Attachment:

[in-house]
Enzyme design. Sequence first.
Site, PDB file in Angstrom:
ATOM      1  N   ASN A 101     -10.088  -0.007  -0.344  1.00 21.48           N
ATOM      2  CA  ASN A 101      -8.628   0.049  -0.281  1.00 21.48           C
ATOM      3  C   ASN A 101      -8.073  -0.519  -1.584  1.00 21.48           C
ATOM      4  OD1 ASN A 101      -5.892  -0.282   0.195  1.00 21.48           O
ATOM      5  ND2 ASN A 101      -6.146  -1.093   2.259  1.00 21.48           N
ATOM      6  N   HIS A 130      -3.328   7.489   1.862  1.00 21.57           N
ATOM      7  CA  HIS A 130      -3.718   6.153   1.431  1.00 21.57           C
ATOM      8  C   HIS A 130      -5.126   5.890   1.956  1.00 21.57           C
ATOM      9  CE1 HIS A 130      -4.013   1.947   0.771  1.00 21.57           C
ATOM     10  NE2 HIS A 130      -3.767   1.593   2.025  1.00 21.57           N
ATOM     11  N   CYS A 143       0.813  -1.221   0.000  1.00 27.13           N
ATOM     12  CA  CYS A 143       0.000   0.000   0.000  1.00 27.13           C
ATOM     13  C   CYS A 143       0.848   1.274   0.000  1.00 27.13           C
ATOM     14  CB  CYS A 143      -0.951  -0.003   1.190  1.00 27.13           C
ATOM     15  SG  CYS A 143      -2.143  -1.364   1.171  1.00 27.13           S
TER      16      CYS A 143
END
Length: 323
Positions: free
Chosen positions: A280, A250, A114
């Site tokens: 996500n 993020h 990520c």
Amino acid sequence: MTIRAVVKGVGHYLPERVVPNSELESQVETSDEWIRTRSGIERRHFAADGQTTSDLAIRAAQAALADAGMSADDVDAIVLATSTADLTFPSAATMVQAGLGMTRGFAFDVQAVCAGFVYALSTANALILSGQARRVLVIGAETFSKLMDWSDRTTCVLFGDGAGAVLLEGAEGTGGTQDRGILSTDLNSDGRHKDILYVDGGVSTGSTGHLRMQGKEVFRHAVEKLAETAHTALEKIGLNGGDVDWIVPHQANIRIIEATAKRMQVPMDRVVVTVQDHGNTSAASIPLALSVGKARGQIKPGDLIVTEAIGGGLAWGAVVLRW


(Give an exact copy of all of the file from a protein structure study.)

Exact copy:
[in-house]
Enzyme design. Sequence first.
Site, PDB file in Angstrom:
ATOM      1  N   ASN A 101     -10.088  -0.007  -0.344  1.00 21.48           N
ATOM      2  CA  ASN A 101      -8.628   0.049  -0.281  1.00 21.48           C
ATOM      3  C   ASN A 101      -8.073  -0.519  -1.584  1.00 21.48           C
ATOM      4  OD1 ASN A 101      -5.892  -0.282   0.195  1.00 21.48           O
ATOM      5  ND2 ASN A 101      -6.146  -1.093   2.259  1.00 21.48           N
ATOM      6  N   HIS A 130      -3.328   7.489   1.862  1.00 21.57           N
ATOM      7  CA  HIS A 130      -3.718   6.153   1.431  1.00 21.57           C
ATOM      8  C   HIS A 130      -5.126   5.890   1.956  1.00 21.57           C
ATOM      9  CE1 HIS A 130      -4.013   1.947   0.771  1.00 21.57           C
ATOM     10  NE2 HIS A 130      -3.767   1.593   2.025  1.00 21.57           N
ATOM     11  N   CYS A 143       0.813  -1.221   0.000  1.00 27.13           N
ATOM     12  CA  CYS A 143       0.000   0.000   0.000  1.00 27.13           C
ATOM     13  C   CYS A 143       0.848   1.274   0.000  1.00 27.13           C
ATOM     14  CB  CYS A 143      -0.951  -0.003   1.190  1.00 27.13           C
ATOM     15  SG  CYS A 143      -2.143  -1.364   1.171  1.00 27.13           S
TER      16      CYS A 143
END
Length: 323
Positions: free
Chosen positions: A280, A250, A114
């Site tokens: 996500n 993020h 990520c």
Amino acid sequence: MTIRAVVKGVGHYLPERVVPNSELESQVETSDEWIRTRSGIERRHFAADGQTTSDLAIRAAQAALADAGMSADDVDAIVLATSTADLTFPSAATMVQAGLGMTRGFAFDVQAVCAGFVYALSTANALILSGQARRVLVIGAETFSKLMDWSDRTTCVLFGDGAGAVLLEGAEGTGGTQDRGILSTDLNSDGRHKDILYVDGGVSTGSTGHLRMQGKEVFRHAVEKLAETAHTALEKIGLNGGDVDWIVPHQANIRIIEATAKRMQVPMDRVVVTVQDHGNTSAASIPLALSVGKARGQIKPGDLIVTEAIGGGLAWGAVVLRW